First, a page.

Hornbill Unleashed

May 4, 2017

Bar: Spare CJ controversy of ‘unconstitutional’ tenure extension

Filed under: Politics — Hornbill Unleashed @ 8:01 AM

Extending the tenure of the top judge is not only “unconstitutional” but unfairly embroils Chief Justice Raus Sharif in controversy, said the Malaysian Bar.

This comes after Justice Raus and inspector-general of police Khalid Abu Bakar’s tenures were speculated to be extended for up to two years to ensure continuity in the face of the 14th general election.

Bar president George Varughese said the Articles 121 to 131A in Part IX of the Federal Constitution clearly states that a judge cannot be more than 66 years and six months in age.

“Any such appointment would be unconstitutional,” George said.

“The contributions that the current chief justice has made to the judiciary are well known. It would not be fair to His Lordship, should the pinnacle of his illustrious career become embroiled in any form of controversy,” he added.

Justice Raus is entering the third month of his six-month service extension period after turning 66 in February.

George said the extension would also put in jeopardy the chief justice’s standing, and gives the impression there is no one else in the judiciary who could take up the position.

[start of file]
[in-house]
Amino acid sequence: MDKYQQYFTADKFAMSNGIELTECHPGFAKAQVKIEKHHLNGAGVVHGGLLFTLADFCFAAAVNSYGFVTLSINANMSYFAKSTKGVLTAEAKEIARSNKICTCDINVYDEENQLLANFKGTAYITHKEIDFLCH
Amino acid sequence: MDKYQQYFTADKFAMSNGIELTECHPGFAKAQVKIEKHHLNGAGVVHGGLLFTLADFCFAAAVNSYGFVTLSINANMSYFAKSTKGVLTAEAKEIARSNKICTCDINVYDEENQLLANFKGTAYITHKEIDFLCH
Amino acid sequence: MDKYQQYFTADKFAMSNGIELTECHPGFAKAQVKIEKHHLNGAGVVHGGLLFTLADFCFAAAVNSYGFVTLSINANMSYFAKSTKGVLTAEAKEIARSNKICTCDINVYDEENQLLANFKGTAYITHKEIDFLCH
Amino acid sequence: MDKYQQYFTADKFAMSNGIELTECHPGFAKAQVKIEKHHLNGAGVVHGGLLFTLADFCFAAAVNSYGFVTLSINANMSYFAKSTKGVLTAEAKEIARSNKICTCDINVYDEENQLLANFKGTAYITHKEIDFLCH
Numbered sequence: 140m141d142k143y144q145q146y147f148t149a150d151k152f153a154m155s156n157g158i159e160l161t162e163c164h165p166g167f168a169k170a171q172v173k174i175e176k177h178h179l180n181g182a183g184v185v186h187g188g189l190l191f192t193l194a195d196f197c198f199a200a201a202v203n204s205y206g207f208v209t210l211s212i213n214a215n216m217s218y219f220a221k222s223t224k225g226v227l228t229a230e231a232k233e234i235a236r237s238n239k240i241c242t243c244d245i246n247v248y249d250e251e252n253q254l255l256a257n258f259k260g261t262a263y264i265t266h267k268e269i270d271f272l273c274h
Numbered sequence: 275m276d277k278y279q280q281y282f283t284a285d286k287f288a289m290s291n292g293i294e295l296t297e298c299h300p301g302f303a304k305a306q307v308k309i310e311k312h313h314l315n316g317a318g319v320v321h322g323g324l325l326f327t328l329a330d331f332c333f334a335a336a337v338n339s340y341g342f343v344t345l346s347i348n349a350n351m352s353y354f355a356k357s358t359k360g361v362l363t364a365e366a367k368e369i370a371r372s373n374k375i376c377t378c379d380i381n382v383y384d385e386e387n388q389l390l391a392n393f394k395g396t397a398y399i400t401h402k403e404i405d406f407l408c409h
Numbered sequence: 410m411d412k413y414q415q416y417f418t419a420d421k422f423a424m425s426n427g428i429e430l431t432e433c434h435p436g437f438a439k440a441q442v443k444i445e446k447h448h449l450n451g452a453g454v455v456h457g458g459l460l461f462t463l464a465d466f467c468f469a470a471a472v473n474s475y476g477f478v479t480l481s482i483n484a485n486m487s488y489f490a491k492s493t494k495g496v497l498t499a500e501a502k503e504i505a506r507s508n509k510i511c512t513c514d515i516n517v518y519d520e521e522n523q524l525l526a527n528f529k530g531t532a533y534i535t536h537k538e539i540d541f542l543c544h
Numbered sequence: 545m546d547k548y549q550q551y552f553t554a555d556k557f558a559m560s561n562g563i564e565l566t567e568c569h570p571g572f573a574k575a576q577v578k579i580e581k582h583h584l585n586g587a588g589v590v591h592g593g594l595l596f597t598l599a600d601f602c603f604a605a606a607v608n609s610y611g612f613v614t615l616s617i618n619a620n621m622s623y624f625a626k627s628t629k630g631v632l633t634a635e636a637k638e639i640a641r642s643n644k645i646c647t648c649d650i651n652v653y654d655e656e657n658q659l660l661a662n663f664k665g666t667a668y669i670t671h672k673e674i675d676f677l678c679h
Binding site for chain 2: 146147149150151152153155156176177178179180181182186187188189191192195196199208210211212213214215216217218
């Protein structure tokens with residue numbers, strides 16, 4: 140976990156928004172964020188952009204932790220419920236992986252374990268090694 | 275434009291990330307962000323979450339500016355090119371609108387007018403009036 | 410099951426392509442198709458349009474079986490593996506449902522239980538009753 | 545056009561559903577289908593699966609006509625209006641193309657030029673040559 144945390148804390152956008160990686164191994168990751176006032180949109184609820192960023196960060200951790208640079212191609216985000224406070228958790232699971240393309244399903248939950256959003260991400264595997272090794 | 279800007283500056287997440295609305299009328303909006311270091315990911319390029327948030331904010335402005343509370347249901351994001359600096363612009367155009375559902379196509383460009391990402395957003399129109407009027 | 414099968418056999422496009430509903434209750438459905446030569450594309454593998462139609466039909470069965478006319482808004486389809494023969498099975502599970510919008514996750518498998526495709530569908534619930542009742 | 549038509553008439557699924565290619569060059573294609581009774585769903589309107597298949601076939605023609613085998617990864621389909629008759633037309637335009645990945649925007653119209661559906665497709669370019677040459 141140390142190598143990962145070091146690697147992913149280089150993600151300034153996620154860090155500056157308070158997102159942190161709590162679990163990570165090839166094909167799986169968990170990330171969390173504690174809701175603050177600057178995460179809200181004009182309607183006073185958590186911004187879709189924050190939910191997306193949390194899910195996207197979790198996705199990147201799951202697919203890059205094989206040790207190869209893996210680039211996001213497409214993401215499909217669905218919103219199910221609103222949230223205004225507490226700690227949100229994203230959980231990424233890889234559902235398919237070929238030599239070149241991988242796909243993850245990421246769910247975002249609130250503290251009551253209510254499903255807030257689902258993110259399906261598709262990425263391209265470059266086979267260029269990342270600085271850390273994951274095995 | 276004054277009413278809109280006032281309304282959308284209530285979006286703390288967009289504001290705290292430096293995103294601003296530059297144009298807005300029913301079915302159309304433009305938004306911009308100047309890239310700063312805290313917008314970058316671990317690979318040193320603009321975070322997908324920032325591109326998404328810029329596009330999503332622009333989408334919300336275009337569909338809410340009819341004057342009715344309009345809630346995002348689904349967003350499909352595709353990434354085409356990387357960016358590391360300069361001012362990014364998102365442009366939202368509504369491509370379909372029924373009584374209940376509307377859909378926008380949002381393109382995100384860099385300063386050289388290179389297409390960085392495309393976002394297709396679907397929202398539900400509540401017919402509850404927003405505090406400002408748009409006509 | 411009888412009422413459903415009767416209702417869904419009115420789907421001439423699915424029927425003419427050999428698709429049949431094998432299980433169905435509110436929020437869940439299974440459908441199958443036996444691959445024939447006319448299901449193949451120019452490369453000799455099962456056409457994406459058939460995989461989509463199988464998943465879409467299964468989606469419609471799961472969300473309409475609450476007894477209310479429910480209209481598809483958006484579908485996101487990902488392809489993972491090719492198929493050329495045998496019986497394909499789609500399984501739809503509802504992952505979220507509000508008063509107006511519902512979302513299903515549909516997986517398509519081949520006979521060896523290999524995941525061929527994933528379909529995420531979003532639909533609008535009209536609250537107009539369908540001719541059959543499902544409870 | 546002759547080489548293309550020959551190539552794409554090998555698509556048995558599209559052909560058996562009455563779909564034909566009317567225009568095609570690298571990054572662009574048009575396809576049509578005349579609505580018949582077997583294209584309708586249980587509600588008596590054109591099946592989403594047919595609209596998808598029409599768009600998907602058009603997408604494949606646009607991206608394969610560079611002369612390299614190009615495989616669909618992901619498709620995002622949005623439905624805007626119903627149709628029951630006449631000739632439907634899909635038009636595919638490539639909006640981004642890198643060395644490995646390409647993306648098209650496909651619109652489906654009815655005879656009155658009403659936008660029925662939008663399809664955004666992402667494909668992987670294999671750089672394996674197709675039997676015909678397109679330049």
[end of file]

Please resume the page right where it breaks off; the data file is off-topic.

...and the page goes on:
“Accordingly, the weight and importance of the office of the chief justice, who serves as the head of the judicial branch of government, cannot be overemphasised.

“The legality of the appointment of a chief justice must always be beyond question or reproach,” he said.

George cited Articles 121 to 131A in Part IX of the Federal Constitution which states that a judge cannot be more than 66 years and six months in age.

The chief justice can also not be re-appointed in the same way as the appointment of an “additional” Federal Court judge under Article 122(1A), because the article states such appointments are made by the Yang di-Pertuan Agong on advice of the chief justice.

He said the word “additional” in the article denotes someone who is not already part of the Federal Court.

He added that the article also states that the Federal Court consists of the chief justice, the president of the Court of Appeal, the chief judges of the High Court, and any additional judges appointed by the Agong.

“This wording unequivocally indicates that the chief justice and any additional judge must be two distinct persons; they cannot be one and the same person,” he said.

“The fact that from 1965 to 2017 – for more than half a century – no head of the judiciary was ever appointed on the basis of Article 122(1A) of the Federal Constitution, is consistent with this interpretation.”

Earlier, retired Federal Court judge Gopal Sri Ram said there are other capable judges who can take over from Justice Raus.

“If the government defies the constitutional and legal restraints and proceeds (to extend Justice Raus’ tenure), then it will sow the wind but reap the whirlwind,” Sri Ram warned.

Former de facto law minister Zaid Ibrahim urged opposition parties to protest the extension.


Source : @ Malaysiakini


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